“You Are All Invited”

This is probably not a phrase you hear or see often, at at least not in America, especially on a wedding invitation! However, this sounds all too familiar to anyone who has been invited to a wedding in Rwanda.

Before you are pronounced “husband and wife”, or more specifically say “I do”, it is customarily to go through THREE different types of wedding ceremonies in the Rwandan culture: the engagement party (dowry distribution), the town hall (before the mayor), and finally the church wedding. The engagement party is in normal circumstances a 2-3 hour ceremony where the groom’s family & friends metaphorically bring a dowry to the bride’s parents’ house, to ask her hand in marriage.

My best friend during her engagement party (2009). Probably the most beautiful bride I've ever seen!

My best friend during her engagement party (2009). Probably the most beautiful bride I’ve ever seen!

Traditionally, a dowry used to be mainly a cow (a symbol of wealth in Rwanda, and still applicable in some areas); but nowadays, it’s mostly money in cash. Depending on the arrangement between the groom and the bride’s family, this amount of money is most of the time handed to the bride-to-be in advance for the wedding shopping spree. Even so, there still has to be a gift exchange during the ceremony(if not a cow), as a symbol of a dowry. The second part to the engagement party is that it’s the day the bride actually receives her engagement ring (in the western term: the proposal), in front of all guests.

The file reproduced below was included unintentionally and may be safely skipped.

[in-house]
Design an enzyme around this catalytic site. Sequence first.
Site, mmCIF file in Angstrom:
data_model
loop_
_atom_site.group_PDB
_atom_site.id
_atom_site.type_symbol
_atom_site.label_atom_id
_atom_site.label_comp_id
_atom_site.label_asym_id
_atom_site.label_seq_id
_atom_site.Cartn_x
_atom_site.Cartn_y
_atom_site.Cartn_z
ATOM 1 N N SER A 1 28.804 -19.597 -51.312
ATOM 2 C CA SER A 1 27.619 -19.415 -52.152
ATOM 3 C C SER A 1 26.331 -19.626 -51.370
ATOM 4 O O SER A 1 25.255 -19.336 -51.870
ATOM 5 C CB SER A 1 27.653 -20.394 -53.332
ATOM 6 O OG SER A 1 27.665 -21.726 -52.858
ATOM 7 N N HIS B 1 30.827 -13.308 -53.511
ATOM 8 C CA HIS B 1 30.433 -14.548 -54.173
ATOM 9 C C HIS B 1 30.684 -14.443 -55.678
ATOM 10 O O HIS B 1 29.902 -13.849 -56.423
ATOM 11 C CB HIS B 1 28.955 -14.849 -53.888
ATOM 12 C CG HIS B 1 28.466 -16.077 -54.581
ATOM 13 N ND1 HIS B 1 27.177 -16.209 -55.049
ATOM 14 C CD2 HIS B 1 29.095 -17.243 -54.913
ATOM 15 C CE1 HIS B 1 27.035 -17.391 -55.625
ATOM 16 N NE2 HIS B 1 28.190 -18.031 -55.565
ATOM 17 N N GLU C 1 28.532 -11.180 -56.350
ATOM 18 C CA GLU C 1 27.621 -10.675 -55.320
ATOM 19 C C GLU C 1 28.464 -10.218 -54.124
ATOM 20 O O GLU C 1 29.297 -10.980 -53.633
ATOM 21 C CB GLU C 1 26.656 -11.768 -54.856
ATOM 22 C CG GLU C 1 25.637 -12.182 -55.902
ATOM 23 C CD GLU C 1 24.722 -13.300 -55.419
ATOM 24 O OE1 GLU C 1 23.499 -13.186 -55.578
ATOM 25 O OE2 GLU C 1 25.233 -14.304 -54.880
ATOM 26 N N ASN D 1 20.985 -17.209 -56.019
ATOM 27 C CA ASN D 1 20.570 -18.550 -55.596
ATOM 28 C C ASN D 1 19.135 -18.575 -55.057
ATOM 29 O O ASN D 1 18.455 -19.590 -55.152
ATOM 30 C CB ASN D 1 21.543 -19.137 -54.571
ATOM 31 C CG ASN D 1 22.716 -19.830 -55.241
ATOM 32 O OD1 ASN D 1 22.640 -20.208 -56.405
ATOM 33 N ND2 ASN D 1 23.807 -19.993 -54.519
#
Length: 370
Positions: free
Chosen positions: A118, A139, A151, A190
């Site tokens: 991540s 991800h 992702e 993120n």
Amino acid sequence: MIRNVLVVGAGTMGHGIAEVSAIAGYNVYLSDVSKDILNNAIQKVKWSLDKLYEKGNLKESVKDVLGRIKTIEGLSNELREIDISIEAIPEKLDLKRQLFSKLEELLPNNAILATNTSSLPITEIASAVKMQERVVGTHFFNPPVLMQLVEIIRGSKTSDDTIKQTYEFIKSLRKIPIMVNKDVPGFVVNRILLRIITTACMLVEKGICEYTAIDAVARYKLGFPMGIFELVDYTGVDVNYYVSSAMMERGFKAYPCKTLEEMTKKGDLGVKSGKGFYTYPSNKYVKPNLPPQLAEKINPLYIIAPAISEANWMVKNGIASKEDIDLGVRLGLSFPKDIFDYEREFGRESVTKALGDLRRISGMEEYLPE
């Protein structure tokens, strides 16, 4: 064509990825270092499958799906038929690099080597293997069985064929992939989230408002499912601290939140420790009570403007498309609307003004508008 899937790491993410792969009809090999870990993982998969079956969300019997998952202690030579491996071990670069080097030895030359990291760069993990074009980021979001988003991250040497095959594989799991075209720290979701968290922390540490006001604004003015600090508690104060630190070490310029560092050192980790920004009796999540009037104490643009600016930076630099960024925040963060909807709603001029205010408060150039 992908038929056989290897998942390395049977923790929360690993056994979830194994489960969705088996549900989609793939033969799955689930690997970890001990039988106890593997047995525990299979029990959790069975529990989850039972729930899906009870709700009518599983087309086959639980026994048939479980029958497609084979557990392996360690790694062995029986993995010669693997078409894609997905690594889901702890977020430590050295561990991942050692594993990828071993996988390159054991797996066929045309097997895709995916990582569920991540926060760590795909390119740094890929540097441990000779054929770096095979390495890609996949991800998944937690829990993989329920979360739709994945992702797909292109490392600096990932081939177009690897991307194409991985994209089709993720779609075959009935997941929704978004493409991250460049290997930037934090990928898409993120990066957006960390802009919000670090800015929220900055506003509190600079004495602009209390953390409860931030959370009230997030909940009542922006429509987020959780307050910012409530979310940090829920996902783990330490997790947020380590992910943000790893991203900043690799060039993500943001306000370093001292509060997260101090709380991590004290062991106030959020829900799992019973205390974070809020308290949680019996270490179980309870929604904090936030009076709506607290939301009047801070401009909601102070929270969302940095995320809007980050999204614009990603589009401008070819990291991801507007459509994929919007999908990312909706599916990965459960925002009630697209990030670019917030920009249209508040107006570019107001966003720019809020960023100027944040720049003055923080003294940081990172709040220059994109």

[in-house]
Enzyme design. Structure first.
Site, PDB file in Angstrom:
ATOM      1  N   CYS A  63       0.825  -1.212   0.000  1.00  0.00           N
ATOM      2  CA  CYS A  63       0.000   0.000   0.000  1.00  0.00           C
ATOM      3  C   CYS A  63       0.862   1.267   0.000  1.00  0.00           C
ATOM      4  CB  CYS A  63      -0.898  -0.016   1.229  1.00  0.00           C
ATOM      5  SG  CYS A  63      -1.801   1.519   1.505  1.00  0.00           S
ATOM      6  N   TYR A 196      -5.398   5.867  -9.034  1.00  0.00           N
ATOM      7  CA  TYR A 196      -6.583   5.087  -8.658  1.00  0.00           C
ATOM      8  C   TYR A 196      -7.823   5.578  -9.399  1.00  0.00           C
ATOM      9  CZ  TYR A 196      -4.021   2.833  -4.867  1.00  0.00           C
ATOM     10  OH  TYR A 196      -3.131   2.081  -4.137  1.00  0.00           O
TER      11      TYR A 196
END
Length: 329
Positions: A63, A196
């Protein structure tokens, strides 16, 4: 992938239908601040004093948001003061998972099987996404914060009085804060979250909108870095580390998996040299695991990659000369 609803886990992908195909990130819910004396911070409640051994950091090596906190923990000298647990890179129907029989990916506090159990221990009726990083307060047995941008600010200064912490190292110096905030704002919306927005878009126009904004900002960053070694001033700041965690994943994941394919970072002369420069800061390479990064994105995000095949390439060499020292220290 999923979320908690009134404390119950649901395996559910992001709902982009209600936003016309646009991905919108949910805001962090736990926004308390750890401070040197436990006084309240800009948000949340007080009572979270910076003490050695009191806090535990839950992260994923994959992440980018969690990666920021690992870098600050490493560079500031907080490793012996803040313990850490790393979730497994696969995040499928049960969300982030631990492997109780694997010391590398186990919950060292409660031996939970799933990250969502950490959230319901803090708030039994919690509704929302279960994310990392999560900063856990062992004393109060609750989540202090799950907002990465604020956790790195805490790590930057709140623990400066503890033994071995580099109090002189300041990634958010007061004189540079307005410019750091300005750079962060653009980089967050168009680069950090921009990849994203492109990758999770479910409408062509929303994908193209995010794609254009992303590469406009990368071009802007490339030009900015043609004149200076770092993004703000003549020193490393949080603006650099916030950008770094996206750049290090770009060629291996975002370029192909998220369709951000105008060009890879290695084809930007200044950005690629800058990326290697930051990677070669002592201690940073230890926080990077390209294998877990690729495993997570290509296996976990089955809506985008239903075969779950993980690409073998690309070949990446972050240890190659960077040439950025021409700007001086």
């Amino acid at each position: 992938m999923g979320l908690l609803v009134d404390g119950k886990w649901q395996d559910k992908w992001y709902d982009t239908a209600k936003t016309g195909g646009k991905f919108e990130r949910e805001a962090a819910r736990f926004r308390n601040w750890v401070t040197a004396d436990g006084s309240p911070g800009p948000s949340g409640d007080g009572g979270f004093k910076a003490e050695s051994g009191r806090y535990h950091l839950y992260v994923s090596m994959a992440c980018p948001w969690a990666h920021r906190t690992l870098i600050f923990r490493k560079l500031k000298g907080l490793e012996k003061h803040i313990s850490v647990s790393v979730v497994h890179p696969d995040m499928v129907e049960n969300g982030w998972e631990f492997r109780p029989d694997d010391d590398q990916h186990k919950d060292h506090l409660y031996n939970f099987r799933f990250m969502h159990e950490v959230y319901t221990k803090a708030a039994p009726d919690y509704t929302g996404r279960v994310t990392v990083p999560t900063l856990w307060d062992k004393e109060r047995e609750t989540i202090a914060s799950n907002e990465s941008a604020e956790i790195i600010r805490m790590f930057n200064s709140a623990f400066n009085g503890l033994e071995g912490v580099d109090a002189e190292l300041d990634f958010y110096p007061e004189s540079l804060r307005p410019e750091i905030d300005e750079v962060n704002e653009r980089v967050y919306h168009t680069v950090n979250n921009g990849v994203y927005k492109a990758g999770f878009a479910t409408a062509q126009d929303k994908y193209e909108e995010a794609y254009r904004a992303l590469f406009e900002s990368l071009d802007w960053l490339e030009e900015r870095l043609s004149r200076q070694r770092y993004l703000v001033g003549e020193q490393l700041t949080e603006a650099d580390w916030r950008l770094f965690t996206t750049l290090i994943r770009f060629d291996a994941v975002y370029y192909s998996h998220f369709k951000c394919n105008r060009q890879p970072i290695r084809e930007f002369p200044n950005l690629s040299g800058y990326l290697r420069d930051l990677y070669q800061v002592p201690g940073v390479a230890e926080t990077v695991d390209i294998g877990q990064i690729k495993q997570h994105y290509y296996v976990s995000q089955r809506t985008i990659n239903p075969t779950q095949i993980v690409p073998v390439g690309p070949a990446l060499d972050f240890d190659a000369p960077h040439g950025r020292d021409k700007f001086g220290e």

Engagement Party Decoration Example

Engagement Party (Traditional) Decoration Example

Few days or weeks later, the groom & the bride, along with their witnesses have to show up before the district mayor in order to become legally married, since churches don’t have a power to legally marry people in Rwanda as of this writing. The process lasts about an hour or so, and is followed by a small reception.

Finally, few or several days later, it is the final day in the process where, in a church, the priest or a pastor officiates the wedding and the couple exchanges vows, rings & I do’s. This is followed by a reception (it can last up to 5 hours), and everyone, I mean “everyone“, attends. You purposely have to rent a gigantic reception hall, unless you can’t afford it or don’t know a lot of people.

The wedding invitation cards are distributed a month or two before the wedding, and not only it reminds guests that it would be the couple’s pleasure if everyone could be there to celebrate with them, but it also specifically stresses: “you are all invited“. In other words, you have to hand out an invitation card to everyone you know: co-workers, classmates, neighbors, church members, acquaintances, friends, relatives etc. Even better, now with the use of social media, people either post the entire wedding invitation on Facebook visible to the whole world, and/or create a Facebook event where they invite you without even knowing if you are in the country or not.

Therefore, if you have a cousin/friend who’s in town visiting and other friends you were supposed to hang out with that day, you all simply make a trip to this wedding reception. In the end, the total number of guests may range anywhere from 300-1,000 people, sometime more, depending on how famous you are, not to mention that since the invitation card isn’t required at the door, anyone can show up as they please. For that reason, most of the time you cannot feed them all, and you may never know that they were at your wedding.

Rwandan Traditional Dance

Rwandan Traditional Dance

Needless to say, the Rwandan wedding ceremonies are amazing and I still believe they are the best out there: the music, songs, outfits, cultural dances, beautiful people, extremely eye satisfying! And like they say “the more the merrier,” you do not need to hire a wedding coordinator: your friends do everything for you at no cost. Besides professional tasks such as photography, video shooting, hall decoration, food preparation, etc, friends are likely and eager to help out as if it’s their own, as well as contributing some cash.